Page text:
Thursday, January 27, 2011

Worry not, the government looks after you

Just recently people have realized that the European Arrest Warrant and the European Investigation Order is not just a silly boring joke but real encroachments on our legal and judicial system. Of course, neither of them constitutes a surrender of major powers to the EU; otherwise we would have had a referendum on, say, the EIO. Would we not? Oh stop giggling at the back.

It's not a particularly new subject, having been covered on numerous occasions by EURef (a few examples: here, here and here plus many more by the Boss) and a couple of times on this blog (here and here) but better late than never or so one keeps saying about eurosceptic organizations and supposedly eurosceptic politicians. As it happens, the subject came up in the House of Lords in which there are a few (just a few) genuine opponents of Britain's membership of the EU.

Yesterday Lord Vinson (who had, on Tuesday, also chaired the somewhat ill-fated meeting of Better Off Out) asked
Her Majesty's Government to what extent the European Arrest Warrant and European Investigation Order conform with the principle of habeas corpus.
Readers will be glad to know that HMG, represented here by the egregious friend of Douglas Hurd and Slobodan Milosevic, Baroness Neville-Jones (here and here) is not worried in the slightest. Well, maybe in the slightest. But only just.
The UK's transposition of the European arrest warrant complies fully with the concept of habeas corpus. UK implementation of the European investigation order will also be fully compliant. However, I understand that the noble Lord's principal concern is the separate issue of European arrest warrants being issued for trivial offences. The Government share this concern and are talking to other EU countries, bilaterally and through the European Union, to stop this happening.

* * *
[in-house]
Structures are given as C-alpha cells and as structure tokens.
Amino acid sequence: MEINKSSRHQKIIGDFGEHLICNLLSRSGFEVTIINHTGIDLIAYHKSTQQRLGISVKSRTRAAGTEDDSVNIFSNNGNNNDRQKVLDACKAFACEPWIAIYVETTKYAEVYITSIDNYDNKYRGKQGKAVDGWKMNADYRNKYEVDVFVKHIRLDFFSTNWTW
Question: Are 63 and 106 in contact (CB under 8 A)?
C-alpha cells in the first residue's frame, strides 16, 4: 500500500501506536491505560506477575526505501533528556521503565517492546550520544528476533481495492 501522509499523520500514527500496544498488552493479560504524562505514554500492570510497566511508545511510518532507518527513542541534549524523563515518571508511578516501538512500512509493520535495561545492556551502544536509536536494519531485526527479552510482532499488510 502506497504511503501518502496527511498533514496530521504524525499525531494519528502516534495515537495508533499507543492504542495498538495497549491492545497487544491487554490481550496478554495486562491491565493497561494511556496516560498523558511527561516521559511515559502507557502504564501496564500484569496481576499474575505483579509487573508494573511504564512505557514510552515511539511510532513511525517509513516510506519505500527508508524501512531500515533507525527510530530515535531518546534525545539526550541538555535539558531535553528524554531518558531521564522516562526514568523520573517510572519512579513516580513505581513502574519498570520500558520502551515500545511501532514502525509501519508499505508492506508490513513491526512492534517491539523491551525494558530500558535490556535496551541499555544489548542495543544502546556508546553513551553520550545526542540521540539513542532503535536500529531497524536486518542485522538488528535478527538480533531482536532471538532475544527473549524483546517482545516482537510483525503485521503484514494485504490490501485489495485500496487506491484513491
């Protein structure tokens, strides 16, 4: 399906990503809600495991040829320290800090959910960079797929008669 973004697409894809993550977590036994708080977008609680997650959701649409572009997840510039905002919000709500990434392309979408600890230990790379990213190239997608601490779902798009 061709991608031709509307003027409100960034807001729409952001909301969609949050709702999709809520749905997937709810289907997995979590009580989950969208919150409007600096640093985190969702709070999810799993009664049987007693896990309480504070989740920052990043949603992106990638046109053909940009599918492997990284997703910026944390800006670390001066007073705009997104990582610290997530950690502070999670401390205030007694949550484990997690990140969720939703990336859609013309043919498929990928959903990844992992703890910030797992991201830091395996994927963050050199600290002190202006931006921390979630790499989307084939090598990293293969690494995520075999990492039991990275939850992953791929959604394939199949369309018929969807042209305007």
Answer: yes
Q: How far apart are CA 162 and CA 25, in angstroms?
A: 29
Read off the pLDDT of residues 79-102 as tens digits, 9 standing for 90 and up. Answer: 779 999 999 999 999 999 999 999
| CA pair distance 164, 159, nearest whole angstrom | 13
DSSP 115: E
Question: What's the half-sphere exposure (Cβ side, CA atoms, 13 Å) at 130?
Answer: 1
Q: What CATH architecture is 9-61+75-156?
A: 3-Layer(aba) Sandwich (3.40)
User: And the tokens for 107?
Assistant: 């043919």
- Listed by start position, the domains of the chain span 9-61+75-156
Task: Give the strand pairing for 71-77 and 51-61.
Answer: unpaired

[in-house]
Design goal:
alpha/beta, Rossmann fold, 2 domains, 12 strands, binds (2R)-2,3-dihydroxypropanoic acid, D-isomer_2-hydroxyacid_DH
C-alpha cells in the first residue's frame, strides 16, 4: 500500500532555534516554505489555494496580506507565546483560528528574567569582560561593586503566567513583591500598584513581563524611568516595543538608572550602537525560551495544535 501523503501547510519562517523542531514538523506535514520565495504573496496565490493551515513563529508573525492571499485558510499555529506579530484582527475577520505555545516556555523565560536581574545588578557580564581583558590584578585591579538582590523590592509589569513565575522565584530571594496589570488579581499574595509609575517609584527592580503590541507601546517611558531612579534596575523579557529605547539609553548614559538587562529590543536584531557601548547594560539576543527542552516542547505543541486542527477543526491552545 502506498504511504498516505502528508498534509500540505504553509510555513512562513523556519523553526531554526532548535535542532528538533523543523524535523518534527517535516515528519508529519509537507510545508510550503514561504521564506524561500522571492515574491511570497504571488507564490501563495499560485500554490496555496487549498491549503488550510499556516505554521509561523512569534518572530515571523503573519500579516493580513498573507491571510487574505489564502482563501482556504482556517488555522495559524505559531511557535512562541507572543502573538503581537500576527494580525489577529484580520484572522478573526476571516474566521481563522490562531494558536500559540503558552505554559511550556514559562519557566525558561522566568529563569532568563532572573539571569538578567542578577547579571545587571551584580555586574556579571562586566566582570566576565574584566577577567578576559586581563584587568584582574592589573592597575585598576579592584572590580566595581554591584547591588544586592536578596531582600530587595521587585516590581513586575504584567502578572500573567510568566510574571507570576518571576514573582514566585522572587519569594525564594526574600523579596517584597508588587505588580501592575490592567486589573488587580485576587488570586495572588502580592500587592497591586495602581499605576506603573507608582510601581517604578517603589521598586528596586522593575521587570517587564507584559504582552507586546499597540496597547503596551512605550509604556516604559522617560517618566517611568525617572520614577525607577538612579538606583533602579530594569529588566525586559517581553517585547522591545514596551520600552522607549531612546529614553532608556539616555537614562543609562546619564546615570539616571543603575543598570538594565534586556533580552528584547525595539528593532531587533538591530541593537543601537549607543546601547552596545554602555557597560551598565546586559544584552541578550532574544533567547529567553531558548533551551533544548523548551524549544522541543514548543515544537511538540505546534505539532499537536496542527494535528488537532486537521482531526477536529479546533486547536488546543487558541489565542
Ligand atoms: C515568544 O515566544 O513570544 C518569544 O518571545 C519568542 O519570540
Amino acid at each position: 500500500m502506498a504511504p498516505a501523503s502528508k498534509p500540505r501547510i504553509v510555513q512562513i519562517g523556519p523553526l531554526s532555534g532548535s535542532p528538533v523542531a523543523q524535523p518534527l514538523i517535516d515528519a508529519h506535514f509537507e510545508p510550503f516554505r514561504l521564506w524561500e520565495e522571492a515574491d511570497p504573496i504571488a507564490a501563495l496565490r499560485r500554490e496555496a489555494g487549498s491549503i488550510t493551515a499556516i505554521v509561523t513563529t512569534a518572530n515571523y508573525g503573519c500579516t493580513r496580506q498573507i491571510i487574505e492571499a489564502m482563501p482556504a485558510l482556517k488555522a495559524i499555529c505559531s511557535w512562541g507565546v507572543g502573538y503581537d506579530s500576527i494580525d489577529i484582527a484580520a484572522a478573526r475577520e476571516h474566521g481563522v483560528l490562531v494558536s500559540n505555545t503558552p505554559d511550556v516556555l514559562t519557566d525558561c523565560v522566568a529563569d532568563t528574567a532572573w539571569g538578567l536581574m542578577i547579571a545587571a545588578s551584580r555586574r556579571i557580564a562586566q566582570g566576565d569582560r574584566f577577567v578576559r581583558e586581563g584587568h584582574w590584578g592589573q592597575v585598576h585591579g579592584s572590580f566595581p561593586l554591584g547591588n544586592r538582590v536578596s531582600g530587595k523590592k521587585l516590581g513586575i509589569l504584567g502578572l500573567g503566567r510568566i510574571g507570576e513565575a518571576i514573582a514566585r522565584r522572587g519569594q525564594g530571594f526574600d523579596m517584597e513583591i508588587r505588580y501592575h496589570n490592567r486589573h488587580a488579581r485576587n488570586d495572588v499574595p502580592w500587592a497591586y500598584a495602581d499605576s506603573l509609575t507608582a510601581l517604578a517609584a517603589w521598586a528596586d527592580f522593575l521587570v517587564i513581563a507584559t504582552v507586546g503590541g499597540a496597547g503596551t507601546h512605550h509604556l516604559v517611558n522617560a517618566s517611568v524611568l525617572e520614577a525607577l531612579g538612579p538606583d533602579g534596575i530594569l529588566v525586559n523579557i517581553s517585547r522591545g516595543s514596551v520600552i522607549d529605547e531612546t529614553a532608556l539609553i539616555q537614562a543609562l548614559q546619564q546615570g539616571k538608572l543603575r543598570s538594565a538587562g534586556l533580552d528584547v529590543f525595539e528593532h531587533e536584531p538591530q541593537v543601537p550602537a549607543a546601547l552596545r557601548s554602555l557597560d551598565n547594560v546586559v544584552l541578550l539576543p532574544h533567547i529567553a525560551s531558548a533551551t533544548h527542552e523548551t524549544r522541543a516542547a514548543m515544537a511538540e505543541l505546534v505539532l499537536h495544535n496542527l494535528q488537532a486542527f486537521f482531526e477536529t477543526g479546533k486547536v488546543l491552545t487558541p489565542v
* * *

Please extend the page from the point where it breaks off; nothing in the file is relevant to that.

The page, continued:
There followed a discussion that the noble Minister might not have appreciated as she was attacked on all sides and was shown up to be somewhat ignorant of all matters, including the exact title of certain EU legislative documents. What do they have advisers for?

HMG seems to put a lot of faith in Sir Scott Baker and his panel of wise individuals who will be looking at the operation of the European Arrest Warrant (and it is perfectly clear from her shifty responses that habeas corpus does not protect anyone who has been detained wrongly under the EAW) to suggest changes and improvements. Exactly how is HMG going to change and improve European legislation that has already been transposed into British legislation.

Lord Tebbit's interesting suggestion has caught some amused attention:
My Lords, could my noble friend not take some advantage of the provision of European arrest warrants? We also have the problem of control orders. Perhaps she could get some friendly European country to take those who are currently subject to control orders and bang them up in a jail somewhere, without the need ever to bring them to trial. That would seem to be a most convenient solution.
Baroness Neville-Jones was not amused. Nor was she impressed by the perfectly sensible question put to her by Lord Stoddart of Swindon: